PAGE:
RI pension debate draws 100s to Statehouse rallies
Thursday, October 27, 2011
PROVIDENCE, R.I. (AP) — Rhode Island’s long-simmering pension fight reached a boiling point Wednesday as a business-backed group and public workers voiced opposing views on a major pension overhaul proposal in dueling Statehouse rallies.
Hundreds of workers and retirees gathered at the Statehouse to tell lawmakers the proposal would go back on years of promises to public workers. Hours later, hundreds of supporters of the plan cheered its authors, Treasurer Gina Raimondo and Gov. Lincoln Chafee.
Lawmakers are now reviewing the proposal, which would save $3 billion over a decade but would halt pension increases for retirees for a projected 19 years.
To reinforce one of the nation’s weakest public pension systems, Raimondo and Chafee recommend creating a new pension system for current and future employees that would combine 401(k)-style accounts with traditional pensions. The plan would halt cost-of-living pension increases for most retirees for a projected 19 years and raise retirement ages. Workers would keep benefits they’ve already earned.
Angry public workers said it’s unfair for them to bear the burden of bad promises made years ago and called on lawmakers to slow down their deliberations.
“Promises are meant to be kept,” said Lisa Rattenni, 38, who works in a group home for developmentally disabled Rhode Islanders. “How do I keep my promises to the state of Rhode Island when they refuse to keep theirs?”
Rattenni, who attended the public employee rally, said she left the private sector because the state offered retirement security. Now she says she worries about how she’ll pay for retirement.
Supporters of the proposal insisted that the state can’t afford to honor all of its promises. Hundreds of them participated in a rally featuring Chafee and Raimondo that was organized by EngageRI, a group backed by the Greater Providence Chamber of Commerce.
Attorney Kas DeCarvalho said he worries runaway pension costs will swamp the state’s governments and, eventually, its already struggling economy. He said the “sad truth” is that the state cannot fund both pension costs and public schools, roads and social services.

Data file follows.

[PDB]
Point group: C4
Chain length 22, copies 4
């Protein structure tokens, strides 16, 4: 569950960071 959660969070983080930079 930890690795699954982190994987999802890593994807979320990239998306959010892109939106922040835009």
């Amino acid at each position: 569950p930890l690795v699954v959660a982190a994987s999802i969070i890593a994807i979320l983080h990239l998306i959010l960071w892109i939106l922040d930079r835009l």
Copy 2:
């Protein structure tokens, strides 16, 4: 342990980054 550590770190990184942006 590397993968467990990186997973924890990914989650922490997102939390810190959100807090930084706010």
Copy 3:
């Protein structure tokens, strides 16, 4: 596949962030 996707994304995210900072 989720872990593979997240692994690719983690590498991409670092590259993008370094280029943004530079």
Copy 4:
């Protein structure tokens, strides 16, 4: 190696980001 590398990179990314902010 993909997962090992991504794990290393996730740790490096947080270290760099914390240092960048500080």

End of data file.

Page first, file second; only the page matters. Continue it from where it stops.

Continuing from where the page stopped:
“Those promises that were made were made in good faith,” he said. “But they were also made without a full understanding of what was being promised.”
Both sides stayed mostly cordial in the tight Statehouse hallways. Supporters of the pension proposal held signs reading “Small Business Owner for Pension Reform” while opponents’ signs criticized Raimondo and proclaimed that “RI is not Wisconsin,” a reference to that state’s recent debate over labor policy.
Supporters showed up during the public worker protest to unfurl a large banner in support of the plan. A few hours later, a handful of public workers remained to heckle supporters during their rally.
Raimondo, a Democrat, and Chafee, an independent, received loud applause when they addressed the supporters’ rally. Raimondo told them that solving the pension puzzle won’t be easy, but failure would prove to be much more damaging.
“We owe it to you to pass this bill,” she told the crowd. “We owe it to one another to have well-funded and flourishing public schools. ... We will be sending a loud and clear signal across this nation.”
The state’s public retirement system faces an unfunded liability of more than $7 billion — nearly as much as an entire state budget for one year. Pension costs for taxpayers are set to double next year to more than $600 million.
The pension system covers 66,000 active and retired public teachers, state employees, judges and police and firefighters. Fifty-eight percent of retired teachers and 48 percent of retired state workers receive more money in their pensions than they did in their final years of work.
Legislative hearings on the bill continue on Thursday. A vote is not expected for a few weeks.
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